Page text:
The same two-level four-fold division of the world into object-image pairs described by the analogy of the divided line, is repeated by Plato in the allegory of the cave. In the Allegory of the Cave, Plato describes prisoners (representing "most people") chained so that all they can see are shadows on the wall before them. These shadows they take to be reality. When a prisoner is released, the first thing he sees is that the shadows are cast on the wall by statues and images carried between the prisoners and a great fire. When the prisoner is brought out of the cave into the daylight, he is at first blinded by the bright sun. As his eyes slowly adjust, the first things he can see are the less bright shadows and reflections in water cast by things in the bright sunlight. Then as his eyes adjust to the bright sun, he can finally see the real objects that cast the shadows and are reflected in the water -- and that are the original bases for the statues and other images carried before the fire to cast shadows on the wall of the cave. Finally, the prisoner descends back into the cave, bringing his knowledge of the reality behind the shadows back to his fellow prisoners, and suffering all of the prejudice that effort would entail.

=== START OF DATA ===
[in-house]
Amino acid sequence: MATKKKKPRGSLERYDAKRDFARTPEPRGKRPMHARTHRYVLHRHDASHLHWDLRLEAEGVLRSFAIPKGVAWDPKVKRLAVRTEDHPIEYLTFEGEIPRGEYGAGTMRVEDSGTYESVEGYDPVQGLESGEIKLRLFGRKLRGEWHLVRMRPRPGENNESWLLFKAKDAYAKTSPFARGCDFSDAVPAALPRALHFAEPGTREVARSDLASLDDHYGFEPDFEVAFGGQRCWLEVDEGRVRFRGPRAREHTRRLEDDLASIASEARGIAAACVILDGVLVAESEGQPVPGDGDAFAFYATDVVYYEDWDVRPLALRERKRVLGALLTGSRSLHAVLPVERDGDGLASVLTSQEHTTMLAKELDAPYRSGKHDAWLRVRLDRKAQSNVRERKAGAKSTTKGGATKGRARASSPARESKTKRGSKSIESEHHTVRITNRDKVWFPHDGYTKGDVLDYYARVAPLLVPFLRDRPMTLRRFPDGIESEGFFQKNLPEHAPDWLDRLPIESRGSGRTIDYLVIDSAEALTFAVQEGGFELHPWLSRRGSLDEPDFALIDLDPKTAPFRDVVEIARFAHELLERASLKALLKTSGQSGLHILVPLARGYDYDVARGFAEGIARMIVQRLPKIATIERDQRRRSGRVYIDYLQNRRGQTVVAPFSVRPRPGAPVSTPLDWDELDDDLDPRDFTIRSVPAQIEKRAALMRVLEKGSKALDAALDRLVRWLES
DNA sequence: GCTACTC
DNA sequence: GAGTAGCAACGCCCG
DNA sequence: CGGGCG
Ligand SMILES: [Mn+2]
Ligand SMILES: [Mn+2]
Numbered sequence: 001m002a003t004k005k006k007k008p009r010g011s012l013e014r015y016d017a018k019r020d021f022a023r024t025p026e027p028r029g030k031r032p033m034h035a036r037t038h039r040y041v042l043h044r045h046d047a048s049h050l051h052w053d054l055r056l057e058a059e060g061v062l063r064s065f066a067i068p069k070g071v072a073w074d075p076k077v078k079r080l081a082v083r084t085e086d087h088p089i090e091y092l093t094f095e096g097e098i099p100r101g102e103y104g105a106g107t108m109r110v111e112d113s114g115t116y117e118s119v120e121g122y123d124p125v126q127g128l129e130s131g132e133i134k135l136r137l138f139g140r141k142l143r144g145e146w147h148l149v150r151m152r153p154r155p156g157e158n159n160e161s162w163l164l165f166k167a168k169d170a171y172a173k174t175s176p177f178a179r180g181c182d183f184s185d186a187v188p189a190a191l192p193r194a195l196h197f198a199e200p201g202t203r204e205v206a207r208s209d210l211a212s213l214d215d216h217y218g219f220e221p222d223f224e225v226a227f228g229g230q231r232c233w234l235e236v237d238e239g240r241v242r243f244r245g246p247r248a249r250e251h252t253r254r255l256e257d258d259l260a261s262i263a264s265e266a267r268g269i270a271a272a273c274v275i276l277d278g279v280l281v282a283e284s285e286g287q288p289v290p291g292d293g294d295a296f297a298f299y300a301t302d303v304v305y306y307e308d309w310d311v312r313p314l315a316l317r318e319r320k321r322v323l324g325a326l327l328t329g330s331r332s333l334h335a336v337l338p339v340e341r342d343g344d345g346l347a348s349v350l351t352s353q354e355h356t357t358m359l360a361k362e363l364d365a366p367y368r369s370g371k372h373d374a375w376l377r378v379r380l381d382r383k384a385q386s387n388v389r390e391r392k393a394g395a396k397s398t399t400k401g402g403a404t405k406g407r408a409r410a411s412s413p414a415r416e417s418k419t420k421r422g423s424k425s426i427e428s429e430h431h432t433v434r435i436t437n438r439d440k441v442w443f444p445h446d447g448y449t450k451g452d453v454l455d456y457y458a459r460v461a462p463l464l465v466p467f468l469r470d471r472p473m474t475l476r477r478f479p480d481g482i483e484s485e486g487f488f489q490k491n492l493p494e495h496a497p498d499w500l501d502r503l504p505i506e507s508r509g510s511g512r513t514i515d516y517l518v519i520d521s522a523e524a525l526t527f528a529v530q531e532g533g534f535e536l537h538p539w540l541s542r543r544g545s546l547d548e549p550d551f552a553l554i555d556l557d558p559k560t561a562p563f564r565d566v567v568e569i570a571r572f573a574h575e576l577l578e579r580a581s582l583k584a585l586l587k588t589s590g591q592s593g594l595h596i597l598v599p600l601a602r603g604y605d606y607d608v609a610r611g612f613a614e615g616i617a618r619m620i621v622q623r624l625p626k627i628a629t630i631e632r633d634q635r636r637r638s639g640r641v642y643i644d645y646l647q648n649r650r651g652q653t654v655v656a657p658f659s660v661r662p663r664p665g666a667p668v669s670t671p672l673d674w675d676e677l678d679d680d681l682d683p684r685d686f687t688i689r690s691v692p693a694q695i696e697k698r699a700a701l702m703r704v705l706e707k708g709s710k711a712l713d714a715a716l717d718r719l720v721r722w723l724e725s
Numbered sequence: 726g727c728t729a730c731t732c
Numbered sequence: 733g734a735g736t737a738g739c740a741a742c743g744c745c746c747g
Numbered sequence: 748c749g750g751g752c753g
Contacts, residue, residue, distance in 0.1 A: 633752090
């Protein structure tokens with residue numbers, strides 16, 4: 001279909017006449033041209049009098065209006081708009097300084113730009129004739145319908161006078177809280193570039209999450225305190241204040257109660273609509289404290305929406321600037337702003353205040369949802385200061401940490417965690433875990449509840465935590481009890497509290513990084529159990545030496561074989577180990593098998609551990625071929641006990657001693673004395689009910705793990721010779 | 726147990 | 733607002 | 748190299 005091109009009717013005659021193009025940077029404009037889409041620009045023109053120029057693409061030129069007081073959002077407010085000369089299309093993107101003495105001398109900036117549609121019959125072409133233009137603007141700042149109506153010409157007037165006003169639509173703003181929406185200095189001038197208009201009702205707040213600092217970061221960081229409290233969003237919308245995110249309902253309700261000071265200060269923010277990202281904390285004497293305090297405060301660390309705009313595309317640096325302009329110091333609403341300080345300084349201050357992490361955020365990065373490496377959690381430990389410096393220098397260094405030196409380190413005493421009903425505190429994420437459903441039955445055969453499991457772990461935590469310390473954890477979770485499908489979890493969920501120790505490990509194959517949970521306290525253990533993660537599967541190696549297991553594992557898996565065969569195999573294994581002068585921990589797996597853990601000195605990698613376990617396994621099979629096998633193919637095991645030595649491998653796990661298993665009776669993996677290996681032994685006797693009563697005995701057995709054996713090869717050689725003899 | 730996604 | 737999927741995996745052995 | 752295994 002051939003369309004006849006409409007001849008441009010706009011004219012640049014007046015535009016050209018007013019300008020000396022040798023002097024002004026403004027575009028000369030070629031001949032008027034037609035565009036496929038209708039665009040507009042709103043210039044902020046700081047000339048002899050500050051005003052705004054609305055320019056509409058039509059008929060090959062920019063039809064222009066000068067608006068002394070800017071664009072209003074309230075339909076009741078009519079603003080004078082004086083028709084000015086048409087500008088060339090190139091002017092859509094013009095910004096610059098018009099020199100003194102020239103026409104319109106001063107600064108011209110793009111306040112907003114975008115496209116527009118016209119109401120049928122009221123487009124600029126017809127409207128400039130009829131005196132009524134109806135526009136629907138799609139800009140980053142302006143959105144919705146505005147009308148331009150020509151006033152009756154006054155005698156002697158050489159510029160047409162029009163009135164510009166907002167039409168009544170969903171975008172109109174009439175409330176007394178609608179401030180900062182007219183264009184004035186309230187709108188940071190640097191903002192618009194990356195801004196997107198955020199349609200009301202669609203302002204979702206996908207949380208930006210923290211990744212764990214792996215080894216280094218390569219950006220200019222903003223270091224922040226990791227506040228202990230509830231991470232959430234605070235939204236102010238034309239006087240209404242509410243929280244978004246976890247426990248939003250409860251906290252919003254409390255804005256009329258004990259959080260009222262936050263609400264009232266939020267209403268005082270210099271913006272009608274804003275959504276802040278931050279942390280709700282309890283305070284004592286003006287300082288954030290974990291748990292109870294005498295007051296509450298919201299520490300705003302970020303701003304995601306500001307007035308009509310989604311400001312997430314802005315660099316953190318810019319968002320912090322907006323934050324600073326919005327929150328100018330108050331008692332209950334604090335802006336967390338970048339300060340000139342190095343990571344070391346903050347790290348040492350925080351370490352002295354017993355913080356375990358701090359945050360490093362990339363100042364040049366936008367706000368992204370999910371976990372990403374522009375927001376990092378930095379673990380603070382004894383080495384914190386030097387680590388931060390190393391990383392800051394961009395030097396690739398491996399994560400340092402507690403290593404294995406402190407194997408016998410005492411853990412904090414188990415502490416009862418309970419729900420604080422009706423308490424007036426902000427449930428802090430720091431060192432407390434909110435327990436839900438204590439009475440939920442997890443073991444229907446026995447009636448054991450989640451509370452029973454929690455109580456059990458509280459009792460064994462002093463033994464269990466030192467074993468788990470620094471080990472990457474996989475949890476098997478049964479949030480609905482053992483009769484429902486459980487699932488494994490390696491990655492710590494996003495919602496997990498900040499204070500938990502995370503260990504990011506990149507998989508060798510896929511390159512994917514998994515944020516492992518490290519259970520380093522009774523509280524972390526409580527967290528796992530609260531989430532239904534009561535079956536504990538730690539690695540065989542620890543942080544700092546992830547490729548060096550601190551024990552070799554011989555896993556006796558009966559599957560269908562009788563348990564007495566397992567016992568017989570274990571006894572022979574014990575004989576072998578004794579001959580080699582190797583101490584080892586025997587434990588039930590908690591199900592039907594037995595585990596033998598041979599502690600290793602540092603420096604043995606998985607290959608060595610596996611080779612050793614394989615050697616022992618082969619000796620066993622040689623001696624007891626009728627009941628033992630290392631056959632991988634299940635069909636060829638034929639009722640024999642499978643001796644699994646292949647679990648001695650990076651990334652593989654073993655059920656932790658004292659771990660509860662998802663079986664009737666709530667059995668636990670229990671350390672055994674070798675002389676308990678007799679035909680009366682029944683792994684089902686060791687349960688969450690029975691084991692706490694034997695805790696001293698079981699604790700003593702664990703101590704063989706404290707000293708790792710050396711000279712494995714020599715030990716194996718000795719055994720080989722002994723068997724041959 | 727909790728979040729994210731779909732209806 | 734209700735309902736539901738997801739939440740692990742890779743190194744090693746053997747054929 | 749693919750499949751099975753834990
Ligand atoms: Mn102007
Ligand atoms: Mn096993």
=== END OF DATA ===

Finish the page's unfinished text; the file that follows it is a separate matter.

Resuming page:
Clearly, the two stories fit very tightly together. The first-level division of the divided line becomes the division between the cave (the perceptual world) and the outside (the intelligible world). At the second level, the first segment of the divided line that represents images and representations in the perceptual world becomes the shadows on the wall of the cave. The second segment of the line that represents the objects of the perceptual world becomes the statues (themselves images of the objects in the outside world) that are held aloft between the fire and the wall to create the shadows on the wall. The third segment of the divided line that represents the images of the Forms being partaken in by objects becomes the shadows and reflections in water that the released sun-blind prisoner is first able to see. While the final segment of the divided line representing the Forms themselves becomes the objects in the outside world, all brightly illuminated and energized by the Sun (the Form of the Good).